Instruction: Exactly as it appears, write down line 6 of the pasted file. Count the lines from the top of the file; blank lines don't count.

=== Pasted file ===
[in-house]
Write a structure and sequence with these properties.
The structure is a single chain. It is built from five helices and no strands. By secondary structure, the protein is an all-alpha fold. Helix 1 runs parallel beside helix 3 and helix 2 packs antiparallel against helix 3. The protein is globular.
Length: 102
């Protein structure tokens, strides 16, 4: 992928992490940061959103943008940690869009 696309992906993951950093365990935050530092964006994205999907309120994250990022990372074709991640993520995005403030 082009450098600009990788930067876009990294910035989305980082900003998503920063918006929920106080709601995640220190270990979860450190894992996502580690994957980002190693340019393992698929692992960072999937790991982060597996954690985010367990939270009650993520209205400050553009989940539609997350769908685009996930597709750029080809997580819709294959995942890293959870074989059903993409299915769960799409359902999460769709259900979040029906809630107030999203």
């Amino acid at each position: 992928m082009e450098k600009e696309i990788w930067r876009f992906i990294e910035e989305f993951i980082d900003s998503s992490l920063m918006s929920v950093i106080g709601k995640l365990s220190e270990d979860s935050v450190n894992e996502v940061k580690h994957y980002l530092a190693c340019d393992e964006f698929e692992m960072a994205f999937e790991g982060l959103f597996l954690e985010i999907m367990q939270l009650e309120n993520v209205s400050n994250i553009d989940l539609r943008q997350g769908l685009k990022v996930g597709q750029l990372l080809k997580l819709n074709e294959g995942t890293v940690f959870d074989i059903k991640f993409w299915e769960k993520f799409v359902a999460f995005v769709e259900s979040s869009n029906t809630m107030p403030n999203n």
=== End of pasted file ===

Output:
């Amino acid at each position: 992928m082009e450098k600009e696309i990788w930067r876009f992906i990294e910035e989305f993951i980082d900003s998503s992490l920063m918006s929920v950093i106080g709601k995640l365990s220190e270990d979860s935050v450190n894992e996502v940061k580690h994957y980002l530092a190693c340019d393992e964006f698929e692992m960072a994205f999937e790991g982060l959103f597996l954690e985010i999907m367990q939270l009650e309120n993520v209205s400050n994250i553009d989940l539609r943008q997350g769908l685009k990022v996930g597709q750029l990372l080809k997580l819709n074709e294959g995942t890293v940690f959870d074989i059903k991640f993409w299915e769960k993520f799409v359902a999460f995005v769709e259900s979040s869009n029906t809630m107030p403030n999203n």